The Twyman-Green interferometer is a very important instrument in modern optical systems for observing the surfaces of optics. It is essentially a Michelson interferometer with lenses to produce plane waves instead of spherical waves in the interferometer. Two example setups are shown in the following figure (from RP Photonics, which is technically my rival (can you have a rival with zero viewers?) but also you should check out the website!)
Now, let’s walk through each of these one by one. In the upper setup, the surface we are trying to inspect is the “inspected mirror” (who’d have guessed?), so the other mirror serves as a reference flat surface. We can see via tracing the path of the waves that if both mirrors are completely flat, we will have either a uniformly bright or dark screen at the image sensor depending on if the conditions for constructive or destructive interference are met (if the optical path length is exactly the same, we would have a bright screen). If neither condition is met, then we would have fringes because of the path length difference. We would not study the latter case, though, because the beauty of the Twyman-Green is that you can easily see if you have a disturbance on the surface of an object. For example, If we are trying to inspect a flat mirror, we are likely trying to determine if there is any surface roughness we need to take care of. In this case, if we have an interference pattern that shows some fringes (called Frizeau fringes) like in the following image, then there is likely some residual roughness on the mirror.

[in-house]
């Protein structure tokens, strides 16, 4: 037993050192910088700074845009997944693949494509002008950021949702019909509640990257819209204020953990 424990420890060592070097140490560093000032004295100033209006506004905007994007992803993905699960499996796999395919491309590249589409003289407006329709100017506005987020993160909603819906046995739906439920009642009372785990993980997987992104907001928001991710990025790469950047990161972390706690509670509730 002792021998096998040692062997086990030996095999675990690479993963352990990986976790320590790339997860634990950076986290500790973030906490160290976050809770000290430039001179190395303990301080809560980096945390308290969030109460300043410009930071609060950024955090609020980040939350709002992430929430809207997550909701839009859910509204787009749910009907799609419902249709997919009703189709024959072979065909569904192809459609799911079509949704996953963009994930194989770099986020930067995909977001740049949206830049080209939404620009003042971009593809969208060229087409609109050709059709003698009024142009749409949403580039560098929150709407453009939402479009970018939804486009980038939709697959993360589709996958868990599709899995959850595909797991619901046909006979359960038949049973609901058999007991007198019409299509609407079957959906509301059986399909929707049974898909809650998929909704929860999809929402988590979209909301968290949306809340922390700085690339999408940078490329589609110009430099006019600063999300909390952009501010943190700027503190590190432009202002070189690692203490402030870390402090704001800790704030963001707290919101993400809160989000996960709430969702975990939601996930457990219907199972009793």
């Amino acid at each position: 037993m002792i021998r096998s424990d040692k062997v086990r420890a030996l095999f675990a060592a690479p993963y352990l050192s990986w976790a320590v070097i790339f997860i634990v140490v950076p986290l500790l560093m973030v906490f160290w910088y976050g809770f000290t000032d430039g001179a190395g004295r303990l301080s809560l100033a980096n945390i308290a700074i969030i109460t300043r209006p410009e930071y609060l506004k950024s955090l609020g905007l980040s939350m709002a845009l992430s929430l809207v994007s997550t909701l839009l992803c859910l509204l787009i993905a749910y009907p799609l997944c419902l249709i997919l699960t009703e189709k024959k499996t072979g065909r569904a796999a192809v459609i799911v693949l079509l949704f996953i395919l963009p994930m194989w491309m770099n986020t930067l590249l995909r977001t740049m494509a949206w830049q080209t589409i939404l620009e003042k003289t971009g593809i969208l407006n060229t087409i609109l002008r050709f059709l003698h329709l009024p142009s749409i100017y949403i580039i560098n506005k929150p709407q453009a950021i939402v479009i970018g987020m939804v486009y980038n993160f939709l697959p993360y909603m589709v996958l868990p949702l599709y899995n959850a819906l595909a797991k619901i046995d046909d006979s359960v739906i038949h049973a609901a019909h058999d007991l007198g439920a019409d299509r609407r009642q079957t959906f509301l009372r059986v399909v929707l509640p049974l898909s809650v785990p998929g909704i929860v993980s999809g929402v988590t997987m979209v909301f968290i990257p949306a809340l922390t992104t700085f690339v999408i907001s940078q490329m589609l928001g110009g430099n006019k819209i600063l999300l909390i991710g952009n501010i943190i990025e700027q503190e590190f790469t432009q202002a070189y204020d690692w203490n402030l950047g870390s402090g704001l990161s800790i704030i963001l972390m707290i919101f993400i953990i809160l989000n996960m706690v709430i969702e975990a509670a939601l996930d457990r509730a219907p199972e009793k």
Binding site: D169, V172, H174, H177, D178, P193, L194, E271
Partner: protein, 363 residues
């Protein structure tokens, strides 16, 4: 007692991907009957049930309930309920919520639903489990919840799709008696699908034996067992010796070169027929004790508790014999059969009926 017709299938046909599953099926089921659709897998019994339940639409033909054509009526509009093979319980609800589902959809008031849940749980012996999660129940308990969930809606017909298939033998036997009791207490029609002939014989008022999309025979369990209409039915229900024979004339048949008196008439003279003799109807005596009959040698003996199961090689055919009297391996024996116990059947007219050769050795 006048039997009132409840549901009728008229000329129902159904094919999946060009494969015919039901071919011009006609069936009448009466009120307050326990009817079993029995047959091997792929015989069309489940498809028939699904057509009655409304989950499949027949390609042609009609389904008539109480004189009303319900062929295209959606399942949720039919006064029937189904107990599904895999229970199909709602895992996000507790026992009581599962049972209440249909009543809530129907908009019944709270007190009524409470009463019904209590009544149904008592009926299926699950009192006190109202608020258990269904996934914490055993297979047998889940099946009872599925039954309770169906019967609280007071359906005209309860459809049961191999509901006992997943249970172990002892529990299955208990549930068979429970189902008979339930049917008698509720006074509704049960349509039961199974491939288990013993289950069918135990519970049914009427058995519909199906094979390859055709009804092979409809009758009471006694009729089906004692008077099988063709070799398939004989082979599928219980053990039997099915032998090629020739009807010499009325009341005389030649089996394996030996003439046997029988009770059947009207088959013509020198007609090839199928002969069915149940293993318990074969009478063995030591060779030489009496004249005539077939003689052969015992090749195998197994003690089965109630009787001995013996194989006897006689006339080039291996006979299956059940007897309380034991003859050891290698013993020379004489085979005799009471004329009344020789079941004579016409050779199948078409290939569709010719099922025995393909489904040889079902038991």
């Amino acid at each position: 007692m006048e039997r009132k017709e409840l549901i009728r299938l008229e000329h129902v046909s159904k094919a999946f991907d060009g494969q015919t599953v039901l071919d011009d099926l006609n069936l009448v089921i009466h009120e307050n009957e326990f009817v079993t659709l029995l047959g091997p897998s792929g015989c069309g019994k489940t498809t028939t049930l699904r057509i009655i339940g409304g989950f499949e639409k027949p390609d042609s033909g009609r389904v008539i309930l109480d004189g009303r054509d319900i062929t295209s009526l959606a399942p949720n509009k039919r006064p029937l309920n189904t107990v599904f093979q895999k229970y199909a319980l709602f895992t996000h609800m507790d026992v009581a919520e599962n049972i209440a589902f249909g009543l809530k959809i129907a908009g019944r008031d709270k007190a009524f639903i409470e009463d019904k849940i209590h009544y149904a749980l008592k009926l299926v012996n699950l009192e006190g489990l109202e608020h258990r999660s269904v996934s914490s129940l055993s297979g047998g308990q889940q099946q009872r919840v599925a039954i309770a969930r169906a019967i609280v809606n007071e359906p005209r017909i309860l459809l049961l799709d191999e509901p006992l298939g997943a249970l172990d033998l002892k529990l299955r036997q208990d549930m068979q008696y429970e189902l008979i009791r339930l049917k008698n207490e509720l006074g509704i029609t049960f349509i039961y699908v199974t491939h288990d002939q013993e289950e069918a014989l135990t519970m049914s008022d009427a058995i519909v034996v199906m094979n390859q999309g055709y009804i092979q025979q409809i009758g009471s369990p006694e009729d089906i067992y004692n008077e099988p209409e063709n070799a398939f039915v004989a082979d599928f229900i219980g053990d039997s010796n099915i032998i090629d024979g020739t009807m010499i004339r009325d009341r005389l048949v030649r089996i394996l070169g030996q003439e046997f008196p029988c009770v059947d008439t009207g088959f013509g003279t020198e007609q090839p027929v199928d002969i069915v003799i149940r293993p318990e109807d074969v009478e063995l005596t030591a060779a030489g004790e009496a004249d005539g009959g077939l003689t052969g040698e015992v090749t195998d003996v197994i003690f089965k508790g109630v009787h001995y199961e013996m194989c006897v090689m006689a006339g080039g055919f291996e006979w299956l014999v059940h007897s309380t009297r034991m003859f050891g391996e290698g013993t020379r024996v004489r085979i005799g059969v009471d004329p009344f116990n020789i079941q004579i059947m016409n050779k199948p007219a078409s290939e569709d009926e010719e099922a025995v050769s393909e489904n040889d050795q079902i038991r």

Now, if we are trying to study a curved surface, like in the second setup from the Figure above, we will need to put in a compensator lens with a curved surface such that the waves reflected back towards the detector are planar. If the two radii of the curved surfaces are exactly matched, then you could determine if there is anything left on the surface of the inspected in much the same way as in the first scenario. If, however, there is a difference between them, then you would observe rings like in the figure below.